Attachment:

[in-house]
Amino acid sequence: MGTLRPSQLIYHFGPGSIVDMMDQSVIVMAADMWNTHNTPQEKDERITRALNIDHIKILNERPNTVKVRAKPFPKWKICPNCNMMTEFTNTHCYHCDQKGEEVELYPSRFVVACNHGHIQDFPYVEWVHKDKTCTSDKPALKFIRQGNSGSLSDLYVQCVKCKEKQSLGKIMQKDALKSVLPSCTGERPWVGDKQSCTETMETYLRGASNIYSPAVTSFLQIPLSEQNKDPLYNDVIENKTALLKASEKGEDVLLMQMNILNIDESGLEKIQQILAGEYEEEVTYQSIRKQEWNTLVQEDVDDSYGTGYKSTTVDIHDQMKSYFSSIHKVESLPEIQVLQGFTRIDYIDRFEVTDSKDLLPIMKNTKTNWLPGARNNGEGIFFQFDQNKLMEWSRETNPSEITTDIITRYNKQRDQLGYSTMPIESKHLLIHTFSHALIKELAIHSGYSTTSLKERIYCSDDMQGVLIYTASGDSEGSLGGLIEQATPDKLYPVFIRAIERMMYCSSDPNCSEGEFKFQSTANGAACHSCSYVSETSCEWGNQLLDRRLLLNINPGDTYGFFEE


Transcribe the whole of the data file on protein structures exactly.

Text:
[in-house]
Amino acid sequence: MGTLRPSQLIYHFGPGSIVDMMDQSVIVMAADMWNTHNTPQEKDERITRALNIDHIKILNERPNTVKVRAKPFPKWKICPNCNMMTEFTNTHCYHCDQKGEEVELYPSRFVVACNHGHIQDFPYVEWVHKDKTCTSDKPALKFIRQGNSGSLSDLYVQCVKCKEKQSLGKIMQKDALKSVLPSCTGERPWVGDKQSCTETMETYLRGASNIYSPAVTSFLQIPLSEQNKDPLYNDVIENKTALLKASEKGEDVLLMQMNILNIDESGLEKIQQILAGEYEEEVTYQSIRKQEWNTLVQEDVDDSYGTGYKSTTVDIHDQMKSYFSSIHKVESLPEIQVLQGFTRIDYIDRFEVTDSKDLLPIMKNTKTNWLPGARNNGEGIFFQFDQNKLMEWSRETNPSEITTDIITRYNKQRDQLGYSTMPIESKHLLIHTFSHALIKELAIHSGYSTTSLKERIYCSDDMQGVLIYTASGDSEGSLGGLIEQATPDKLYPVFIRAIERMMYCSSDPNCSEGEFKFQSTANGAACHSCSYVSETSCEWGNQLLDRRLLLNINPGDTYGFFEE